Austrian recycling equipment manufacturer, Lindner Recyclingtech, has launched two new shredders aimed at the Refuse Derived Fuel (RDF) market, the Polaris 2200 and 2800.
The new models are single-shaft shredders which Lindner said that have been optimised for the cost-efficient, single-step shredding of untreated household refuse as well as industrial and commercial waste.
The company said that a typical application area is the processing of waste derived fuels used instead of fossil fuels in calciners of cement factories or in thermal power plants.
Because the Polaris shredders run at a particularly low speed and with correspondingly high torque, the manufacturer said that their knives cut the input material with high power, as required by the single-step process.
The 2200 has a feed opening of 4090 x 3000 mm and a rotor length of 2115 mm, and shreds up to 22 tonnes of commercial and industrial waste per hour.
The Polaris 2800, with a feed opening of 4779 x 2370 mm and a rotor length of 2805 mm, achieves a volume of up to 32 tonnes per hour.
Depending on the choice of screens, the final grain sizes are between 50 mm and 120 mm. According to Lindner, with its cutting principle and automated pusher system control, its single-shaft shredder technology ensures constant output with uniform grain size.
The units feature asynchronous motors with nominal outputs of 200 kW (Type 2200) and 2x 132 kW (Type 2800) and a two-step belt drive.
If non-shreddable extraneous material turns up, the integrated sliding clutch brings the machine to a standstill.
The large hydraulic maintenance flap and doors offer convenient access, for example to replace the six or eight easy-to-handle screen modules or to rotate the knives that can be used on four sides.
Optimised for RDF
With the development of the Polaris single-shaft shredder, Lindner said that it is supporting the trend towards the optimum processing of RDF to ensure that it is coordinated to the scheduled application.
"When processing waste into RDF, high throughput and low shredding costs per tonne are even more important than in other industrial processes,” explained Stefan Scheiflinger, product manager at Lindner Recyclingtech.
“This applies especially to the processing of refuse-derived fuels for use in a calciner. At the same time, the system must be able to shred untreated and in some cases bulky waste in a single process step to grain sizes of 80 mm and less,” he continued.
This makes particularly high demands on the design of the shredder deployed for this job. With the new Polaris, we comply precisely with these demands. It is proving in practice to be an energy-efficient system that functions reliably and, if necessary, is easily accessible for cleaning and maintenance work and thus enables consistently high productivity," concluded Scheiflinger.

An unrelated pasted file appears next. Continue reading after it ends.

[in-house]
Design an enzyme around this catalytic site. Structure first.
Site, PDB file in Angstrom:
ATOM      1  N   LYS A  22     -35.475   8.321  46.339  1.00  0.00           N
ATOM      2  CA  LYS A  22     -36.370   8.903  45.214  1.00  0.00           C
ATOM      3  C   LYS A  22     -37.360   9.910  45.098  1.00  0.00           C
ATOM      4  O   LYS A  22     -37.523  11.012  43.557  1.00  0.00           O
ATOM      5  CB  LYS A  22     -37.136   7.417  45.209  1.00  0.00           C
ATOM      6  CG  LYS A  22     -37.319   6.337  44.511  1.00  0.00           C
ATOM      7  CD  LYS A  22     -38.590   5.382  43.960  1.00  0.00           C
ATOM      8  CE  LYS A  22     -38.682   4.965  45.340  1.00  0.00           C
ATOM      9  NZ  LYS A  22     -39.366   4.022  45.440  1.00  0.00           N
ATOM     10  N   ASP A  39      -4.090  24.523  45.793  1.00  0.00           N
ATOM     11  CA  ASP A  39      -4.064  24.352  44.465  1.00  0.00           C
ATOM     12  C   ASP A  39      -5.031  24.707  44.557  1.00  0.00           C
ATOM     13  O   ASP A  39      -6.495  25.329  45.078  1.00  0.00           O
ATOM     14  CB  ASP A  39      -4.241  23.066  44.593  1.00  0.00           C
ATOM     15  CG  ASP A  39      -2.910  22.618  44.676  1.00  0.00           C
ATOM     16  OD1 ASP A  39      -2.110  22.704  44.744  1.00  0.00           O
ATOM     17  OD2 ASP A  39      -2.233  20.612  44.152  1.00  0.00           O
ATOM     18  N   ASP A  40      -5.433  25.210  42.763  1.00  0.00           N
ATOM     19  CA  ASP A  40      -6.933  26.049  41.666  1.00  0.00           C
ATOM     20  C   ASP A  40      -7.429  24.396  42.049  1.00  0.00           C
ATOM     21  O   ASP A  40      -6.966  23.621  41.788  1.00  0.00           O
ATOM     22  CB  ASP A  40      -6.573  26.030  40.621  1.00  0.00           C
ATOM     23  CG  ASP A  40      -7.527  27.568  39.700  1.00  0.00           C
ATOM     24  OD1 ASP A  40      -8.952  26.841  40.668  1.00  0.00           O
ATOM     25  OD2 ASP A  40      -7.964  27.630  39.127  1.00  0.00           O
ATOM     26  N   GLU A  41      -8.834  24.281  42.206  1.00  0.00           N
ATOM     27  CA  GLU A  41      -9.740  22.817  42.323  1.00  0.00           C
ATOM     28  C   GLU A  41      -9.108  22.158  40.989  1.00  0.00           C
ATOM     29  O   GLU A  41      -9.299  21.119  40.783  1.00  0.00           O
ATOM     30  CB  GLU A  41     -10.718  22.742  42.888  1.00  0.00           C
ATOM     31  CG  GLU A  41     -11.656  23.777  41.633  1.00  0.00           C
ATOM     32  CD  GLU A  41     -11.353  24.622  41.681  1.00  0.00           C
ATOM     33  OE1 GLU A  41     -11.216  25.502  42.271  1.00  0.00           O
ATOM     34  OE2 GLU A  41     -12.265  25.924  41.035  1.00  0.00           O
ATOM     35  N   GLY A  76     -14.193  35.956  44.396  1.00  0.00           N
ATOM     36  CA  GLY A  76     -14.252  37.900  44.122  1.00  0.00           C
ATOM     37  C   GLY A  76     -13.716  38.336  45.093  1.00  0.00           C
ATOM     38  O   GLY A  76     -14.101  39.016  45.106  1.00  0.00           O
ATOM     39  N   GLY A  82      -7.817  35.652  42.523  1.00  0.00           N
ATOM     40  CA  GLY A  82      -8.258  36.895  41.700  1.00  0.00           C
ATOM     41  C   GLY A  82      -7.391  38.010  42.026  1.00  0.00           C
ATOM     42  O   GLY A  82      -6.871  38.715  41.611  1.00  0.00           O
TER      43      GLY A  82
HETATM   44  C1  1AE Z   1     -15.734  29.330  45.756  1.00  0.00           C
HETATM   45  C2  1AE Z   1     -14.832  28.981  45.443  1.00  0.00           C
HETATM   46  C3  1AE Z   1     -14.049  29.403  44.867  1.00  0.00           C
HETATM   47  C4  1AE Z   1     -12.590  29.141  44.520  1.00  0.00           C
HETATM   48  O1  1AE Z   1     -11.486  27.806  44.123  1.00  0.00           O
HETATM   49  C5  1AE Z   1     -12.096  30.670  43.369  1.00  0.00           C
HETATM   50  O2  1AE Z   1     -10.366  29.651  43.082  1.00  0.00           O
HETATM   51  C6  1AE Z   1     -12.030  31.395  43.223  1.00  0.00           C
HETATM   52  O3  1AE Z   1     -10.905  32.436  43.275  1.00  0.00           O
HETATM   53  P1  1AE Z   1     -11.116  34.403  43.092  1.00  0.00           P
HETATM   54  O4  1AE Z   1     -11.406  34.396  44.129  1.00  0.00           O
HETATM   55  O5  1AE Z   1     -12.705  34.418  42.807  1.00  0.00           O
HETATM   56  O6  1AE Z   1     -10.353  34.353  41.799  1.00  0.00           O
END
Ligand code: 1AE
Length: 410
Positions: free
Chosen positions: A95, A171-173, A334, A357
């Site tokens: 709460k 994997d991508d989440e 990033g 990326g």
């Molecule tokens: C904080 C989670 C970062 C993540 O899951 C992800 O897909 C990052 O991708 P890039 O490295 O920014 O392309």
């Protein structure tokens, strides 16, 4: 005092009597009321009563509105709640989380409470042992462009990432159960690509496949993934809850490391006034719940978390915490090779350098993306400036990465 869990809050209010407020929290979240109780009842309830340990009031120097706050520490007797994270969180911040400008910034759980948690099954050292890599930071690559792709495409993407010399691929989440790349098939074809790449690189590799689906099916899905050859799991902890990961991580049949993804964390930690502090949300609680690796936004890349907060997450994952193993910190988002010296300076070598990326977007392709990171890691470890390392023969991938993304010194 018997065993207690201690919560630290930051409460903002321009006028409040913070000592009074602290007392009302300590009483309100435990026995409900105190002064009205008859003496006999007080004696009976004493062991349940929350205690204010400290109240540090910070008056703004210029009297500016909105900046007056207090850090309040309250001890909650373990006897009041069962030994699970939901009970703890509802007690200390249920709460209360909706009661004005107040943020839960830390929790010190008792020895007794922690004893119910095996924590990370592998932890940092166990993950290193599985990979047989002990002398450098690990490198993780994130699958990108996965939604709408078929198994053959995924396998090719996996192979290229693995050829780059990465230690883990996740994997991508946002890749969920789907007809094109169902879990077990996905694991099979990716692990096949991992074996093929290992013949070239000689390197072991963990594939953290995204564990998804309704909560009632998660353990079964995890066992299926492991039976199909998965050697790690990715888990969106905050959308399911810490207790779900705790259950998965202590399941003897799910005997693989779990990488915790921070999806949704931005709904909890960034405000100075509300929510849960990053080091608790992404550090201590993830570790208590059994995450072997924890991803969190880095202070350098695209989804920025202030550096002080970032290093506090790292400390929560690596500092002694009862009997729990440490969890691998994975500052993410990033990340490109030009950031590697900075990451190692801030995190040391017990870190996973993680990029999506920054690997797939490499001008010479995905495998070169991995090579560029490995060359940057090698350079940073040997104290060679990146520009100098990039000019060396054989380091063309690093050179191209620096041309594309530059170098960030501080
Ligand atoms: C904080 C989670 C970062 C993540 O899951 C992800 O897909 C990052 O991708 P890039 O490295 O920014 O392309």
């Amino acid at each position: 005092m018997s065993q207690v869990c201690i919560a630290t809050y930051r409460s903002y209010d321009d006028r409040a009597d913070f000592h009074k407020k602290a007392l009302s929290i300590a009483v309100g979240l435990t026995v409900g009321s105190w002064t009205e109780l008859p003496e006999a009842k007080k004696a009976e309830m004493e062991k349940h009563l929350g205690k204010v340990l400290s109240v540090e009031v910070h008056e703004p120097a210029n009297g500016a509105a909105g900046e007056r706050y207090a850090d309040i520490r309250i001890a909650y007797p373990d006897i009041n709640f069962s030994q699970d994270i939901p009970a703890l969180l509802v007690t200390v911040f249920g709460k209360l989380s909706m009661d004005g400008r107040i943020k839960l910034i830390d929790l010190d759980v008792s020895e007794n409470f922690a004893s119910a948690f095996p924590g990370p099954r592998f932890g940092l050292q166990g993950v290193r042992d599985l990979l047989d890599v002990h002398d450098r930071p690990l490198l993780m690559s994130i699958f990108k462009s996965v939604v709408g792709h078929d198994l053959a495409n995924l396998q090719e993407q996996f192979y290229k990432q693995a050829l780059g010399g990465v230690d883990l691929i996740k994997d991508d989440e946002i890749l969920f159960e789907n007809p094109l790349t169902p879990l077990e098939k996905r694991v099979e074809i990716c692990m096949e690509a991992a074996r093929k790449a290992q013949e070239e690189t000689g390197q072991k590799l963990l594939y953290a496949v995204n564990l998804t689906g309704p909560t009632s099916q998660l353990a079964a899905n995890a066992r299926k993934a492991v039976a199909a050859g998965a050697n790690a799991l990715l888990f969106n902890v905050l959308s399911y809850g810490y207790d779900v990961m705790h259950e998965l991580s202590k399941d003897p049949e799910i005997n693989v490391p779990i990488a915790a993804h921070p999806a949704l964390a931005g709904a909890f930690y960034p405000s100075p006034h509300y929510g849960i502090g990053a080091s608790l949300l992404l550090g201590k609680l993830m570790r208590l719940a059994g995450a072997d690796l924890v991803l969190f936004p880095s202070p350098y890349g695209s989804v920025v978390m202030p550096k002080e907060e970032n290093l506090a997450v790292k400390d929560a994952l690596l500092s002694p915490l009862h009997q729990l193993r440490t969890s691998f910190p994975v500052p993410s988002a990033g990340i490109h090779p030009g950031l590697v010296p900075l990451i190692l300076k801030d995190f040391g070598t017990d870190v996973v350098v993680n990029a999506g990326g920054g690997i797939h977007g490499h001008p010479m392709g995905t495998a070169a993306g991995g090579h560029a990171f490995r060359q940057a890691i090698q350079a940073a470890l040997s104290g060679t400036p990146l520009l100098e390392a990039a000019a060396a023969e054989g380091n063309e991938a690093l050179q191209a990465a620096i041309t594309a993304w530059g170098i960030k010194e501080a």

Depending on the input material, the relatively coarse shredded material produced by the new Polaris shredders is said to have an average calorific value of 15 to 18 MJ per kg, and is thus ideal for the calciner.
In comparison, the use of RDF as a secondary fuel in the main combustion chamber of cement factories, where temperatures of up to 2000 °C can be reached, has different demands on the properties of the RDF.
Here, Lindner said that its two-step systems from are still the first choice. Consisting of a Jupiter pre-shredder, a separating unit and a Komet post-shredder, they produce an optimum shredded material with a defined grain size of less than 35 mm.
Austrian waste disposal company, KAB Kärntner Abfallbewirtschaftung, which operates equipment for the production of RDF of the highest technical standard, was one of the first processors to gain practical experience with the new Polaris.
"Our company wanted to take advantage of the economic advantages of the single-step shredding technology,” commented Says Managing Director Werner Bleiberger:
“In the search for a modern, high-performance system, our attention was drawn to Lindner. They loaned us a first prototype of the Polaris to test for around a year. Over this period, the system proved its efficiency, reliability, low maintenance and maintenance friendliness very impressively indeed," he concluded.
A video of the new machines in action can be viewed below.
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